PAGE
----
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Seahawks head to New York to show again they’re kings of Monday night

Seattle Seahawks quarterback Geno Smith throws out a pass during the fourth quarter against Carolina on Sunday, Sept. 24, 2023, at Lumen Field in Seattle.  (Jennifer Buchanan/Seattle Times)
By Bob Condotta Seattle Times

From the first time the Seahawks played on a Monday night they proved more than ready for prime time.

Their first Monday night game, at Atlanta in 1979, turned into one of the more memorable contests of the team’s early years.

The 31-28 win featured a fake punt and a fake field goal for a first down (the latter famously caught by kicker Efren Herrera for 20 yards), compelling announcer Howard Cosell to bellow, “This is the kind of play pro football needs.’’

Since then, the Seahawks have been not only a fixture on Monday night, but also the most successful team in the history of the television franchise.

They are 28-12 all-time on Monday night, a 70% winning percentage that is the best in the NFL – a record it will get a chance to improve on Monday night playing at MetLife Stadium against the Giants. Kickoff is 5:15 p.m. on ESPN.

Pete Carroll only helped perpetuate that prime-time success as the Seahawks are 33-14-1 in prime-time games since he arrived in 2010, also the best in the NFL in that time.

Carroll has insisted one reason for that success is that he’s never made prime-time games out to be bigger than any other.

“I’ve been around Coach Carroll for a long time, and he’s really gotten into our minds that it’s just a game,’’ middle linebacker Bobby Wagner said this week. “And I really believe that. It’s just a game, it’s just a lot more people watching. Growing up, as a kid, you watch Monday Night Football, then it turns to Sunday night, and Thursday night. At the end of the day, it’s just a game.’’

Despite their history of success in such games and a surprising 9-8 season last year, the Seahawks were not considered a prime-time darling this year, given just three games.

That’s only one more than last season, when the Seahawks were generally picked for last in the NFC West after the trade of Russell Wilson – the year before Wilson arrived and the Seahawks truly began their ascent under Carroll.

Aside from Monday’s game against the Giants, the Seahawks’ only other two prime time games this year are scheduled for Thanksgiving night at home against the San Francisco 49ers and the following Thursday at Dallas against the Cowboys.

That’s in contrast to most of the rest of the Carroll era. They had either four or five prime-time games every season from 2013-2021. Of course, the Seahawks could be flexed into an additional prime-time game or two. But for that to happen, they will have to keep winning.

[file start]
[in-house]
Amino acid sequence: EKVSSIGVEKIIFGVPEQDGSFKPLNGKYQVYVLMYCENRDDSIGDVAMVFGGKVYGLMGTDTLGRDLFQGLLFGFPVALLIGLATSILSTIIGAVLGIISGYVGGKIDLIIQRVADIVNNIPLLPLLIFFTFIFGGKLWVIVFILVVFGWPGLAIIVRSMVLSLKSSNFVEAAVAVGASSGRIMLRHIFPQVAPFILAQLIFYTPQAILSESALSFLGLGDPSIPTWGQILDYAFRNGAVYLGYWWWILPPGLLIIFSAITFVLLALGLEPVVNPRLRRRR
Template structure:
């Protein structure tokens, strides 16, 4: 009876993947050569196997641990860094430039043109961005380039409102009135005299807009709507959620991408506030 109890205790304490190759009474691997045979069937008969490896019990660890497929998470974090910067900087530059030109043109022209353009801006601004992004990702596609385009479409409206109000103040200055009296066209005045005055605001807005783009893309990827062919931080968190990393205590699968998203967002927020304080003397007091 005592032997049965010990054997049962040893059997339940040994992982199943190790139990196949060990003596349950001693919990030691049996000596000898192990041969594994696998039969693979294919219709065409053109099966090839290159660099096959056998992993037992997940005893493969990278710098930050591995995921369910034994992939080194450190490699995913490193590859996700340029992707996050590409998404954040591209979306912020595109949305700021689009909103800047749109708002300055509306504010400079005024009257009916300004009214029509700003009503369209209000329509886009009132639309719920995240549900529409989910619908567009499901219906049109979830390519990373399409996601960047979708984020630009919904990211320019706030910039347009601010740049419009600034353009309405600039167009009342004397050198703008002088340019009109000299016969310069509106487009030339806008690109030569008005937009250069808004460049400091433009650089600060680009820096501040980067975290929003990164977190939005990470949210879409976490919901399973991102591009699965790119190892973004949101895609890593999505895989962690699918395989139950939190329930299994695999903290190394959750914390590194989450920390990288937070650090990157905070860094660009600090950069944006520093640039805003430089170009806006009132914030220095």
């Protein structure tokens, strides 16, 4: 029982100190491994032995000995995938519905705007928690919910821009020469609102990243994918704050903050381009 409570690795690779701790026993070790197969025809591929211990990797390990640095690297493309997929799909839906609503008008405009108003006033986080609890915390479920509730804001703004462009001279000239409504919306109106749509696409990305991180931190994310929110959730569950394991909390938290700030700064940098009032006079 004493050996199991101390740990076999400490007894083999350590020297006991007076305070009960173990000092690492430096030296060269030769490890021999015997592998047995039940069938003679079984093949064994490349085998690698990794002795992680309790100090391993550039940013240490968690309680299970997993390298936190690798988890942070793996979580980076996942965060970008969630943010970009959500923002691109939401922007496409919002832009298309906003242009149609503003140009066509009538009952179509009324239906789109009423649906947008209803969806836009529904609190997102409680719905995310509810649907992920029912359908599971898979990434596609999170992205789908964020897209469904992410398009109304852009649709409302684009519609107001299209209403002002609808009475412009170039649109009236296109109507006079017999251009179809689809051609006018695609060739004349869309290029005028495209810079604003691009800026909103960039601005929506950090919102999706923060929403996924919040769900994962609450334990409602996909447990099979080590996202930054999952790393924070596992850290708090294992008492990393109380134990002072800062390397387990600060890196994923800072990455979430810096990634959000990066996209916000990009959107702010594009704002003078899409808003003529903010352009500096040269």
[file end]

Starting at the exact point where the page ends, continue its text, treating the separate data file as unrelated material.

Their lone scheduled Monday nighter this year is at least about as big as it gets, playing at MetLife Stadium in East Rutherford, N.J., not only near the home of the NFL itself (located on Park Avenue in nearby New York) but where the Seahawks won the Super Bowl in 2014.

The Seahawks have never lost at MetLife since it opened in 2010, also beating the Giants there three times (2011, 2013, 2017) and the Jets once (2016). They have not played there since 2017.

Seahawks safety Julian Love had a career-high 14 tackles in a Monday night game for the Giants a year ago against Dallas and said he’s looking forward to a fun atmosphere on his return.

“Those games in New York, the Monday night games, the Sunday night, everyone’s around,’’ Love said. “The lights are bright in that stadium. I’m looking forward to it, it’s always been a fun experience. We’re wearing the all-whites. We’ve got some energy and swagger going down there. Seahawks have been pretty good in MetLife and I’m looking to continue to that.”

The game also marks the season debut for safety Jamal Adams, who played three seasons with the Jets at MetLife Stadium – and as he recalled, two Monday night games.

“They’re exciting,’’ said Adams, who will play in his first game since tearing his quad muscle against Denver on Sept. 12, 2022. “MetLife is a special place. It’s where the stars are born. I’m looking forward to going back out there and being out there. Being on the other side is going to be a little bit weird, but I’m looking forward to it.”

The Seahawks are looking to extend a two-game winning streak as they head into what their bye in Week 5 – the earliest a team can have one this season (byes are all between Weeks 5 and 14 this year).

They got off the mat following the rugged season-opening home loss to the Rams to win at Detroit the following Sunday, 37-31 in overtime, and came home to beat the Panthers relatively easily, 37-27.

Those two wins, plus the Giants’ struggles in a 1-2 start, a beat-up New York offensive line and that star running back Saquon Barkley is being listed as doubtful to play had the Vegas odds shifting in the Seahawks’ favor by the end of the week. The are listed as a 1.5-point favorite.

The Giants are in backs-against-the-wall mode, as after Monday night they will hit the road for two straight games against Miami and Buffalo – neither games they will be favored to win.

Without pulling an upset or two the next few weeks, what had been a highly anticipated season for the Giants following the team’s first-postseason win a year ago since 2011 could be just about over just like that.

“I know they’re hungry and at home, so it’s a big challenge for us,’’ Carroll said Saturday.

But if history proves anything, the Seahawks will be ready when the lights go on.